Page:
Broadcast 12 November, 2020.

In The Occurrence in Dreams of Material from Fairy Tales, Freud confirms the importance of fairy tales to the developing mental life of children, to the point that recollections of an adult’s favourite fairy tales can distort or usurp their own childhood recollections: ‘they have made the fairy tales into screen memories.’ He invokes fairy tales as tools to decipher the language of the unconscious.

This online course delves into fairy tales as magic worlds where children, or adults, can play out their fantasies and vengeful feelings through identification. Attuned to aspirations and anxieties alike, we consider fairy tales to deal in the problems of human existence, charting the death of parents, the desertion of vulnerable children, the search for a true partner, and the quest for eternal youth or immortality. These complex struggles are played out by a simple cast, figures of instinct rather than characters with history and memory. Fairy tales are raw manifestations of desire and fear.

With reference to psychoanalytic concepts and Freud’s work – particularly On The Occurrence in Dreams of Material from Fairy Tales (1913), The Uncanny (1919) and Beyond the Pleasure Principle (1920) – we present six core fairy tales, together with historical variations and contemporary retellings in literature, film, advertising and the media.

No prior knowledge is necessary. We will circulate versions of the six tales upon sign-up.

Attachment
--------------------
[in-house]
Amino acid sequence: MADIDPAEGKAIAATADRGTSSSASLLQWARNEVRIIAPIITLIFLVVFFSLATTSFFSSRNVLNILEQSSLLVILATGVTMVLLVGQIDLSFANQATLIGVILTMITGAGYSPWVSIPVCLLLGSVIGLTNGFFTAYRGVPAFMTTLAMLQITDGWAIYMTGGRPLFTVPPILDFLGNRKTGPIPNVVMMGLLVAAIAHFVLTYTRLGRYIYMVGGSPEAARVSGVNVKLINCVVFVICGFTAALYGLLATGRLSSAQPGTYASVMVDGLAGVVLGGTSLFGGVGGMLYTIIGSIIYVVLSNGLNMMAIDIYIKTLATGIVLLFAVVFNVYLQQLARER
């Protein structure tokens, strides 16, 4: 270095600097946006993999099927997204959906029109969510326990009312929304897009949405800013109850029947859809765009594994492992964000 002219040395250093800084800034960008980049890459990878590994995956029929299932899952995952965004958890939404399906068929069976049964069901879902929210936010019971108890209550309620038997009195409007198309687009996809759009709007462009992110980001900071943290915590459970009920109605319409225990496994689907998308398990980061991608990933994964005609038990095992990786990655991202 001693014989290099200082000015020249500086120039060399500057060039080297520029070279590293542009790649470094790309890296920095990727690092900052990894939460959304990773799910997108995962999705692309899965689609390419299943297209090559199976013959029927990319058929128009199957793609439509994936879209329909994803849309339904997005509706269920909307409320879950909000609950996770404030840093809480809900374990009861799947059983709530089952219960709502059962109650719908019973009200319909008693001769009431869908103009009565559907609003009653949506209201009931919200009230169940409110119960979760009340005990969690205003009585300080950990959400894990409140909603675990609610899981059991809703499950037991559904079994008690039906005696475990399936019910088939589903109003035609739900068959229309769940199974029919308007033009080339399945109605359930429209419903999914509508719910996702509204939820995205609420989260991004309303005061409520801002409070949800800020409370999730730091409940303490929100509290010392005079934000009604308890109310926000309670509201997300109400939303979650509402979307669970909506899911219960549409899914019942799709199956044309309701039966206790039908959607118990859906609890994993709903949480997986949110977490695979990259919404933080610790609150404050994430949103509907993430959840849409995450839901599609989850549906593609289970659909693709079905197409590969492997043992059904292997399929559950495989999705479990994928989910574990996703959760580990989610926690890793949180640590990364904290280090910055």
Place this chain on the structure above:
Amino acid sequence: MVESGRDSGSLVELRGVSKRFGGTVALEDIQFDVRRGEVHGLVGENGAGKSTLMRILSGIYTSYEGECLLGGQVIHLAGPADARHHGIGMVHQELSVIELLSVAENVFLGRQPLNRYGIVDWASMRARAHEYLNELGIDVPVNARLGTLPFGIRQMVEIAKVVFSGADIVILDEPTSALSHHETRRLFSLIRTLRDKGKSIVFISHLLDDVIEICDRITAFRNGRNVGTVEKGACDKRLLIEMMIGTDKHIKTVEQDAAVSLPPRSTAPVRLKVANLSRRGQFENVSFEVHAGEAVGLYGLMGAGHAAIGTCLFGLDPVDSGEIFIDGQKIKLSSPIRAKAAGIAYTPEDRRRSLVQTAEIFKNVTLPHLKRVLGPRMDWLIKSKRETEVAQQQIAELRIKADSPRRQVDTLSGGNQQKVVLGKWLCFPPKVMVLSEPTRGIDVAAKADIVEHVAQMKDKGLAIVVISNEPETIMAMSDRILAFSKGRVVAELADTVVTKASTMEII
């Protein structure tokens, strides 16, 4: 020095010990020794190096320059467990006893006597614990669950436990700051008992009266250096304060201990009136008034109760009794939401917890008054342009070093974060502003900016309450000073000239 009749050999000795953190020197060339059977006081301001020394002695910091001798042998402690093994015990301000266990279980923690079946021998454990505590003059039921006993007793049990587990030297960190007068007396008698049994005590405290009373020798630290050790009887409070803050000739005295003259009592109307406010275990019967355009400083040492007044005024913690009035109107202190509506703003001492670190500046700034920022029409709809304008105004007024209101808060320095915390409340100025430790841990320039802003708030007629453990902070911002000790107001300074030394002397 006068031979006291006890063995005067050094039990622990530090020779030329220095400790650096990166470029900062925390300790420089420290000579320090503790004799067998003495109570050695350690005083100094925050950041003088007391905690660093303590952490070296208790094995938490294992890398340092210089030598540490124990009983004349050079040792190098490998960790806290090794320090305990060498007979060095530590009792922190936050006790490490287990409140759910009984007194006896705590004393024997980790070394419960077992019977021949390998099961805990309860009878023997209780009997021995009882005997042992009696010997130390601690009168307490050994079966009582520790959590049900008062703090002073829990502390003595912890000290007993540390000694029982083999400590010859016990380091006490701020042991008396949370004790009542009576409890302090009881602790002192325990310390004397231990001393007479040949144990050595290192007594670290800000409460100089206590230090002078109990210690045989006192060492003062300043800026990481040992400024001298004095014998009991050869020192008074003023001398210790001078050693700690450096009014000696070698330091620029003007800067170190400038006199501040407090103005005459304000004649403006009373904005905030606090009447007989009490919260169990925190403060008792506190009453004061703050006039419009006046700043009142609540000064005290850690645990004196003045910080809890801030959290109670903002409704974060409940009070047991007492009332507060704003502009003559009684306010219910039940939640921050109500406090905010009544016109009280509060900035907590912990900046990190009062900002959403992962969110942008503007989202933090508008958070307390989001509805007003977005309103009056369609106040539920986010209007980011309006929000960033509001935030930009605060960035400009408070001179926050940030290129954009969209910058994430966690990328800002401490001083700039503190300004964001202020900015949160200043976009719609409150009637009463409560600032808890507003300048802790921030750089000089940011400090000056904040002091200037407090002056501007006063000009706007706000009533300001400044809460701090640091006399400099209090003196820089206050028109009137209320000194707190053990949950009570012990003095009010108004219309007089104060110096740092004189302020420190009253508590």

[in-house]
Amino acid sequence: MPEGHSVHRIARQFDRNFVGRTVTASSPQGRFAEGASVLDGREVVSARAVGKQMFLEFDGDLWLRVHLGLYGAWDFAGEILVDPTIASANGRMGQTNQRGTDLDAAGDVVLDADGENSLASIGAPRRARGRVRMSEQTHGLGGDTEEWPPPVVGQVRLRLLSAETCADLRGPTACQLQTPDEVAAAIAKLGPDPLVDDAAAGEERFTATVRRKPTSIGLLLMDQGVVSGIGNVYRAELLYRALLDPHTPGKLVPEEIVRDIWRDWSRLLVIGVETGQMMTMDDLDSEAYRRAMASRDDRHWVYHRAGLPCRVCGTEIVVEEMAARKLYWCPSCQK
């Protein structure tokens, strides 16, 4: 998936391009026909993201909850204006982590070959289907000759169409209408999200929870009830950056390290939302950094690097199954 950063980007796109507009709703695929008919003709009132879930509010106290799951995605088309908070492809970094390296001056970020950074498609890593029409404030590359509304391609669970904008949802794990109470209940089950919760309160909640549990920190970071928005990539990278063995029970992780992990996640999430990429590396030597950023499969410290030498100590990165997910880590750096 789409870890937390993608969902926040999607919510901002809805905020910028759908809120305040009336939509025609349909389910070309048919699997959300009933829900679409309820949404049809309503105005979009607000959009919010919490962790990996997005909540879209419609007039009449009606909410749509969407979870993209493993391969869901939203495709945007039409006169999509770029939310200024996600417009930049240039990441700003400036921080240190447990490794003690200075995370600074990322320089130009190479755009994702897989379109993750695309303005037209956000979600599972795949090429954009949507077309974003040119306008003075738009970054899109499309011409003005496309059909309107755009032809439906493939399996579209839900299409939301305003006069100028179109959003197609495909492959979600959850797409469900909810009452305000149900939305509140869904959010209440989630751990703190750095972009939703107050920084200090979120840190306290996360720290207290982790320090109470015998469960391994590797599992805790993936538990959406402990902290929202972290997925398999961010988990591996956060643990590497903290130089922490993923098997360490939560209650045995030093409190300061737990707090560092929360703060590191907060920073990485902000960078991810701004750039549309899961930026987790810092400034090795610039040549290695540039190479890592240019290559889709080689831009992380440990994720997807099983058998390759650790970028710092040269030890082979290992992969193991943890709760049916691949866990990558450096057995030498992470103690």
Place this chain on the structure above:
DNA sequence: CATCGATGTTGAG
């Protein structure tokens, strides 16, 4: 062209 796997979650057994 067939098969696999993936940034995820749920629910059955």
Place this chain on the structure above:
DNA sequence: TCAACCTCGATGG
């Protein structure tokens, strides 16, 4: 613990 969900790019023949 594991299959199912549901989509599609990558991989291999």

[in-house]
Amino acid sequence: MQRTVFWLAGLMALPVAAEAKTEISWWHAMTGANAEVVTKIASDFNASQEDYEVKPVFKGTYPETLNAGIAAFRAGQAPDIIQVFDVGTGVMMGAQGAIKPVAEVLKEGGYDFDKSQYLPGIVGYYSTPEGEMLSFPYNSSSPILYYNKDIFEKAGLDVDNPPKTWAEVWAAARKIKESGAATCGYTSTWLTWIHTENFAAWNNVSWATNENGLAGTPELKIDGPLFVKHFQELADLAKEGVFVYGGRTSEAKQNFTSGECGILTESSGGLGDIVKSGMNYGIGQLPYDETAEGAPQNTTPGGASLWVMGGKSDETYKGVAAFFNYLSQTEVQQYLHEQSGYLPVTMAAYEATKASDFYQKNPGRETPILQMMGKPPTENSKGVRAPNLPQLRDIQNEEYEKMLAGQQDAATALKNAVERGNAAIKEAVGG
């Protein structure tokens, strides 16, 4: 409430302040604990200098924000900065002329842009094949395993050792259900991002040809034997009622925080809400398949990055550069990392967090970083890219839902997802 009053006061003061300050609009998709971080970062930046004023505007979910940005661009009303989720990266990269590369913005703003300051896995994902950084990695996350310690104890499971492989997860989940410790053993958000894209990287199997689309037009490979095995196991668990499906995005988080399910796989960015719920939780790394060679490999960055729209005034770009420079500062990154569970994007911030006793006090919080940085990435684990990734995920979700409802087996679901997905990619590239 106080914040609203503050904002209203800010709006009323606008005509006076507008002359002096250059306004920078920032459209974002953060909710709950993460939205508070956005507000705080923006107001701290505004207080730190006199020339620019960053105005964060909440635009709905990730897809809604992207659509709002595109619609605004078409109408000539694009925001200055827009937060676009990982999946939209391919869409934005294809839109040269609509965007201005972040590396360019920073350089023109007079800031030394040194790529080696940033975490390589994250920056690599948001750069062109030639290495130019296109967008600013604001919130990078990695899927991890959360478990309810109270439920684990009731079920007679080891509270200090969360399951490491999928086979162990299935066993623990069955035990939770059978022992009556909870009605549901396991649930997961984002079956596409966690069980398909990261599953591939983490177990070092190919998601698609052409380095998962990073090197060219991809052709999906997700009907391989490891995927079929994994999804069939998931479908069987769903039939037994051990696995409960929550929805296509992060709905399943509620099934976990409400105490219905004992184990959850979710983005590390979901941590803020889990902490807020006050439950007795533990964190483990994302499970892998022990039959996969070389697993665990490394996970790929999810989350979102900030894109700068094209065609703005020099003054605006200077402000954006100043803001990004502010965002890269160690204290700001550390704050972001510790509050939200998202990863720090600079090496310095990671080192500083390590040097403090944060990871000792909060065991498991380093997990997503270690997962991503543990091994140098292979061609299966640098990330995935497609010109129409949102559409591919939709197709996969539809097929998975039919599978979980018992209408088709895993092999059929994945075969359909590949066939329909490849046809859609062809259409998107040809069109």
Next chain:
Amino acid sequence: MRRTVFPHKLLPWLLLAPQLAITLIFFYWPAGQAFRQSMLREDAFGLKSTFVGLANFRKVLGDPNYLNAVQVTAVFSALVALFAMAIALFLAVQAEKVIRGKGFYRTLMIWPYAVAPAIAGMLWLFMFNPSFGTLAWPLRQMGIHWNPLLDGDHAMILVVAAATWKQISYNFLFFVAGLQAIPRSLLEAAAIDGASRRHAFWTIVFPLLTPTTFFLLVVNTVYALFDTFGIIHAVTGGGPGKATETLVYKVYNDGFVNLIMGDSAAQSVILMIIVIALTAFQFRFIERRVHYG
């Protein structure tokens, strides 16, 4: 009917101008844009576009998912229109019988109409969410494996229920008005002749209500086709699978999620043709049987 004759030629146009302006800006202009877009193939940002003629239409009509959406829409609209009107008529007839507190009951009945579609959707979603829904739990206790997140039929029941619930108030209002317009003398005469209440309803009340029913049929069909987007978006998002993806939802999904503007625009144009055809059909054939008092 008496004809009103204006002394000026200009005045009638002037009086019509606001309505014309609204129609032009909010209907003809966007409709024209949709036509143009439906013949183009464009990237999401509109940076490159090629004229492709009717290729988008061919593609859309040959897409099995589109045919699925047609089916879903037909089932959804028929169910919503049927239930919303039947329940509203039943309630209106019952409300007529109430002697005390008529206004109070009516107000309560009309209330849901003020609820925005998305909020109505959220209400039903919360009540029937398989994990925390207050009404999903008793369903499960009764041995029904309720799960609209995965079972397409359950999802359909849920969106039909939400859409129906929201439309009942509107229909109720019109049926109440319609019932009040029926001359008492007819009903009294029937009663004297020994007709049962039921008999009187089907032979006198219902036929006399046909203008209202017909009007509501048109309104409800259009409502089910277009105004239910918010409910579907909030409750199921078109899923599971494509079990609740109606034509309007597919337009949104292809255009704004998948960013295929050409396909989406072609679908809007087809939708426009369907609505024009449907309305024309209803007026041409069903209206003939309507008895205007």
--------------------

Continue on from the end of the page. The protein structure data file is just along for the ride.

Session 1: Wolves in the Woods

Taking On The Occurrence in Dreams of Material from Fairy Tales as a starting point, we go into the woods with Red Riding Hood and Hansel and Gretel to explore wolves, the forest as a metaphorical space for growth, the fairy tale as alternate reality, family dynamics, and the role of fairy tales in the modern world.

Session 2: Un|familiar Territories

We read The Sandman and Snow White through The Uncanny, touching on doubles, magic mirrors, the performing automaton, intergenerational powerplays, and the body as a haunted house.

Session 3: Away from Home and Back Again; Asleep In-Between

We read Sleeping Beauty and The True Bride through Beyond the Pleasure Principle exploring developmental plots, pitting Eros as a masterplot against the death drive, with sleep as both a driving force and a figure of resistance.


Dr Elizabeth Dearnley is a folklorist, artist and Visiting Research Fellow at the Institute of English Studies within the School of Advanced Study, University of London. Her work explores fairy tales, horror and collective storytelling, and she has curated several projects delving into these fields, including mass diary-writing project The Secret Diary of Bloomsbury, immersive 1940s Red Riding Hood retelling Big Teeth, and the Freud Museum London’s uncanny restaging of E. T. A. Hoffmann’s The Sandman as part of its The Uncanny: A Centenary.

Dr Katharine Fry is a visual artist and researcher working across performance, film and sculpture. She stages unsettling encounters with uncanny bodies, using an all-female cast of fantasy automatons who are often physically fused to their environments. Her focus is on the body as the boundary where self and other meet, the site of an ambivalent desire for separation and connection she calls house arrest.

She exhibits internationally, including Ann Arbor Film Festival, Michigan, USA (2019); Visions in the Nunnery, London (2018); and Terror Has No Shape, Camden Arts Centre, London (2018). Solo exhibitions include Please call me home at Danielle Arnaud Gallery, London (2021); and Addressing the Self: Decoys and Consolations at new media art space, Tennessee, USA (2020).


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